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Mechanics and function
- the normal force at the sliding interface is the same.
- the sliding distance is reduced for a given distance of travel.
- the coefficient of friction at the interface is usually lower.
Bearings are used to help reduce friction at the interface. In the simplest and oldest case the bearing is just a round hole through which the axle passes (a "plain bearing").
- If a 100 kg object is dragged for 10 m along a surface with the coefficient of friction μ = 0.5, the normal force is 981 N and the work done (required energy) is (work=force x distance) 981 × 0.5 × 10 = 4905 joules.
- Now give the object 4 wheels. The normal force between the 4 wheels and axles is the same (in total) 981 N. Assume, for wood, μ = 0.25, and say the wheel diameter is 1000 mm and axle diameter is 50 mm. So while the object still moves 10 m the sliding frictional surfaces only slide over each other a distance of 0.5 m. The work done is 981 × 0.25 × 0.5 = 123 joules; the work done has reduced to 1/40 of that of dragging.
Additional energy is lost from the wheel-to-road interface. This is termed rolling resistance which is predominantly a deformation loss. This energy is also lowered by the use of a wheel (in comparison to dragging) because the net force on the contact point between the road and the wheel is almost perpendicular to the ground, and hence, generates an almost zero net work. This depends on the nature of the ground, of the material of the wheel, its inflation in the case of a tire, the net torque exerted by the eventual engine, and many other factors.
A wheel can also offer advantages in traversing irregular surfaces if the wheel radius is sufficiently large compared to the irregularities.
The wheel alone is not a machine, but when attached to an axle in conjunction with bearing, it forms the wheel and axle, one of the simple machines. A driven wheel is an example of a wheel and axle. Note that wheels pre-date driven wheels by about 6000 years, themselves an evolution of using round logs as rollers to move a heavy load—a practice going back in pre-history so far, it has not been dated.[/vc_column_text][/vc_column][/vc_row][vc_row][vc_column][vc_column_text]
In the 1st millennium BCE an iron rim was introduced around the wooden wheels of chariots.The rim
is the "outer edge of a wheel, holding the tire." It makes up the outer circular design of the wheel on which the inside edge of the tire is mounted on vehicles such as automobiles. For example, on a bicycle wheel the rim is a large hoop attached to the outer ends of the spokes of the wheel that holds the tire and tube.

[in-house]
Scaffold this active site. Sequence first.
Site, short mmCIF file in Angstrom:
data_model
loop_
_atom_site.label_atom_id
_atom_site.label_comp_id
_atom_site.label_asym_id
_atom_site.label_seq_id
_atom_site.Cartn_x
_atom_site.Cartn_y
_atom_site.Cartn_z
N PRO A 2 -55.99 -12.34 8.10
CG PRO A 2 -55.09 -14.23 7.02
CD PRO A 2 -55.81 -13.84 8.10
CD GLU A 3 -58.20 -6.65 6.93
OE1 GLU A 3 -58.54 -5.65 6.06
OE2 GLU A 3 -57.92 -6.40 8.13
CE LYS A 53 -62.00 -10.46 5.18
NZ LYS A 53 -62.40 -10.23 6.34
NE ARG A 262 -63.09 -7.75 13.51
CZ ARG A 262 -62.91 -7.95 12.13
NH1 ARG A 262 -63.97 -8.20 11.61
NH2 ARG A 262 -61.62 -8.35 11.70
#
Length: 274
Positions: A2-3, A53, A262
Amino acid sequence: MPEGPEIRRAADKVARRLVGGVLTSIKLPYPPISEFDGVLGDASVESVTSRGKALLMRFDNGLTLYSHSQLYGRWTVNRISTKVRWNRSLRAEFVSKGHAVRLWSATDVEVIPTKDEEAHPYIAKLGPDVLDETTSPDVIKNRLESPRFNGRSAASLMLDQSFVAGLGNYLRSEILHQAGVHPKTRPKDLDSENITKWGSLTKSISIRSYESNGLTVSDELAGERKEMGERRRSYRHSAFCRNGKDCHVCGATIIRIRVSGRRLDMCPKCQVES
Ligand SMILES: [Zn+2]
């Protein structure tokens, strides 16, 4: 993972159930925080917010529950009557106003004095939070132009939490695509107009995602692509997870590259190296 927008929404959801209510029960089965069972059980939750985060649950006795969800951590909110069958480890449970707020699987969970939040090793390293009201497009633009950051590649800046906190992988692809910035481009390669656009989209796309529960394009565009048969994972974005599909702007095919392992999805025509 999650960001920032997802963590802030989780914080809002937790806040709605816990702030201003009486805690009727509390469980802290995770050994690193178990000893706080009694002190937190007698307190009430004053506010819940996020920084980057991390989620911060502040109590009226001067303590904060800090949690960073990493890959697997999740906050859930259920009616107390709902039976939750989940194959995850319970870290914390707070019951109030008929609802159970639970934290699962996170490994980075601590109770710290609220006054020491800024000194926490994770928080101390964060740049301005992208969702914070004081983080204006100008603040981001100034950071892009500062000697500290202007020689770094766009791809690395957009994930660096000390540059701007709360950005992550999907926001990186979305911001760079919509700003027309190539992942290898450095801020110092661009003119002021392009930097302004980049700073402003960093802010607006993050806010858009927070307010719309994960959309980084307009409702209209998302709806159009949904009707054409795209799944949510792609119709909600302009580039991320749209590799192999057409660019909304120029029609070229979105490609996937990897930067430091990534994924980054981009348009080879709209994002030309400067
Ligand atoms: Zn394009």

The hub is the center of the wheel, and typically houses a bearing, and is where the spokes meet.
A hubless wheel (also known as a rim-rider or centerless wheel) is a type of wheel with no center hub. More specifically, the hub is actually almost as big as the wheel itself. The axle is hollow, following the wheel at very close tolerances.[/vc_column_text][/vc_column][/vc_row][vc_row][vc_column width="2/3"][vc_column_text]
A spoked wheel on display at The National Museum of Iran, in Tehran. The wheel is dated to the late 2nd millennium BCE and was excavated at Choqa Zanbil.
is one of some number of rods radiating from the center of a wheel (the hub where the axle connects), connecting the hub with the round traction surface. The term originally referred to portions of a log which had been split lengthwise into four or six sections. The radial members of a wagon wheel were made by carving a spoke (from a log) into their finished shape. A spokeshave is a tool originally developed for this purpose. Eventually, the term spoke was more commonly applied to the finished product of the wheelwright's work, than to the materials used.
The rims of wire wheels
(or "wire spoked wheels") are connected to their hubs by wire spokes. Although these wires are generally stiffer than a typical wire rope, they function mechanically the same as tensioned flexible wires, keeping the rim true while supporting applied loads.
Wire wheels are used on most bicycles and still used on many motorcycles. They were invented by aeronautical engineer George Cayley and first used in bicycles by James Starley. A process of assembling wire wheels is described as wheelbuilding.
A 1957 MGA automobile with wire wheels
Stacked and standing car tires
(in American English and Canadian English) or tyre
(in some Commonwealth Nations such as UK, India, South Africa and Australia) is a ring-shaped covering that fits around a wheel rim to protect it and enable better vehicle performance by providing a flexible cushion that absorbs shock while keeping the wheel in close contact with the ground. The word itself may be derived from the word "tie," which refers to the outer steel ring part of a wooden cart wheel that ties the wood segments together (see Etymology below).
The fundamental materials of modern tires are synthetic rubber, natural rubber, fabric and wire, along with other compound chemicals. They consist of a tread and a body. The tread provides traction while the body ensures support. Before rubber was invented, the first versions of tires were simply bands of metal that fitted around wooden wheels to prevent wear and tear. Today, the vast majority of tires are pneumatic inflatable structures, comprising a doughnut-shaped body of cords and wires encased in rubber and generally filled with compressed air to form an inflatable cushion. Pneumatic tires are used on many types of vehicles, such as cars, bicycles, motorcycles
, trucks, earthmovers, and aircraft.
A trywheel is an arrangement of three wheels mounted on a y-shaped frame for the purpose of passing over stairs or rough ground. These may be driven by external force or integral motors.
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